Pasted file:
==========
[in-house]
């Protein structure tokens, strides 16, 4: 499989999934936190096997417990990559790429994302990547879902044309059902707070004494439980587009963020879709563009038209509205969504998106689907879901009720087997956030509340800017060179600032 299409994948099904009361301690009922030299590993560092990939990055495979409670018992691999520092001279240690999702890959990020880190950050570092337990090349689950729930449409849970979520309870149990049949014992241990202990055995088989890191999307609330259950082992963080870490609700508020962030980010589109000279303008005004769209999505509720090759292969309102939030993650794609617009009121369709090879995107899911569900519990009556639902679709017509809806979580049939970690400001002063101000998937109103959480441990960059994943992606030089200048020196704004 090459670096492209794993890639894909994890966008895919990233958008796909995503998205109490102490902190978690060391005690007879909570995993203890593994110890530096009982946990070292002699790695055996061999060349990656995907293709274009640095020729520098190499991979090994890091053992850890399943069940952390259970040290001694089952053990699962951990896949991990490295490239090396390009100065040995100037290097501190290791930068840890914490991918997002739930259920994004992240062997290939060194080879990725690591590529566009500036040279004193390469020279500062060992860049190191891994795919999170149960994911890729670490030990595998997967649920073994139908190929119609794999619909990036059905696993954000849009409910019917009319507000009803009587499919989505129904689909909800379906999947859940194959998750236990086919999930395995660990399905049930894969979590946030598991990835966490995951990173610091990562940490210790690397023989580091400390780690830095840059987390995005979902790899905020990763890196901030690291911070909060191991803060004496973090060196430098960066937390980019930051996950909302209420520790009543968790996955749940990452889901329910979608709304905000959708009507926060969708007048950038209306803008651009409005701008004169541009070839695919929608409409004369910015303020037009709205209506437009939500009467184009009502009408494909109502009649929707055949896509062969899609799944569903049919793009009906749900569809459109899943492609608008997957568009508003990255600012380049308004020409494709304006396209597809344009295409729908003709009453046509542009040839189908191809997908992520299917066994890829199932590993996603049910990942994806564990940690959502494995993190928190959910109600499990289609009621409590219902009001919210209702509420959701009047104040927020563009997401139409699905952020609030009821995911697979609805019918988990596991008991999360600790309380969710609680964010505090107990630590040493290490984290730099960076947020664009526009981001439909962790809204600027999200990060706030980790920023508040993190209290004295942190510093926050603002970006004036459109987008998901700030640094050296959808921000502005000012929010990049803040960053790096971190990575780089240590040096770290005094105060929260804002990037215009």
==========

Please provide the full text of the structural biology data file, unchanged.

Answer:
[in-house]
């Protein structure tokens, strides 16, 4: 499989999934936190096997417990990559790429994302990547879902044309059902707070004494439980587009963020879709563009038209509205969504998106689907879901009720087997956030509340800017060179600032 299409994948099904009361301690009922030299590993560092990939990055495979409670018992691999520092001279240690999702890959990020880190950050570092337990090349689950729930449409849970979520309870149990049949014992241990202990055995088989890191999307609330259950082992963080870490609700508020962030980010589109000279303008005004769209999505509720090759292969309102939030993650794609617009009121369709090879995107899911569900519990009556639902679709017509809806979580049939970690400001002063101000998937109103959480441990960059994943992606030089200048020196704004 090459670096492209794993890639894909994890966008895919990233958008796909995503998205109490102490902190978690060391005690007879909570995993203890593994110890530096009982946990070292002699790695055996061999060349990656995907293709274009640095020729520098190499991979090994890091053992850890399943069940952390259970040290001694089952053990699962951990896949991990490295490239090396390009100065040995100037290097501190290791930068840890914490991918997002739930259920994004992240062997290939060194080879990725690591590529566009500036040279004193390469020279500062060992860049190191891994795919999170149960994911890729670490030990595998997967649920073994139908190929119609794999619909990036059905696993954000849009409910019917009319507000009803009587499919989505129904689909909800379906999947859940194959998750236990086919999930395995660990399905049930894969979590946030598991990835966490995951990173610091990562940490210790690397023989580091400390780690830095840059987390995005979902790899905020990763890196901030690291911070909060191991803060004496973090060196430098960066937390980019930051996950909302209420520790009543968790996955749940990452889901329910979608709304905000959708009507926060969708007048950038209306803008651009409005701008004169541009070839695919929608409409004369910015303020037009709205209506437009939500009467184009009502009408494909109502009649929707055949896509062969899609799944569903049919793009009906749900569809459109899943492609608008997957568009508003990255600012380049308004020409494709304006396209597809344009295409729908003709009453046509542009040839189908191809997908992520299917066994890829199932590993996603049910990942994806564990940690959502494995993190928190959910109600499990289609009621409590219902009001919210209702509420959701009047104040927020563009997401139409699905952020609030009821995911697979609805019918988990596991008991999360600790309380969710609680964010505090107990630590040493290490984290730099960076947020664009526009981001439909962790809204600027999200990060706030980790920023508040993190209290004295942190510093926050603002970006004036459109987008998901700030640094050296959808921000502005000012929010990049803040960053790096971190990575780089240590040096770290005094105060929260804002990037215009």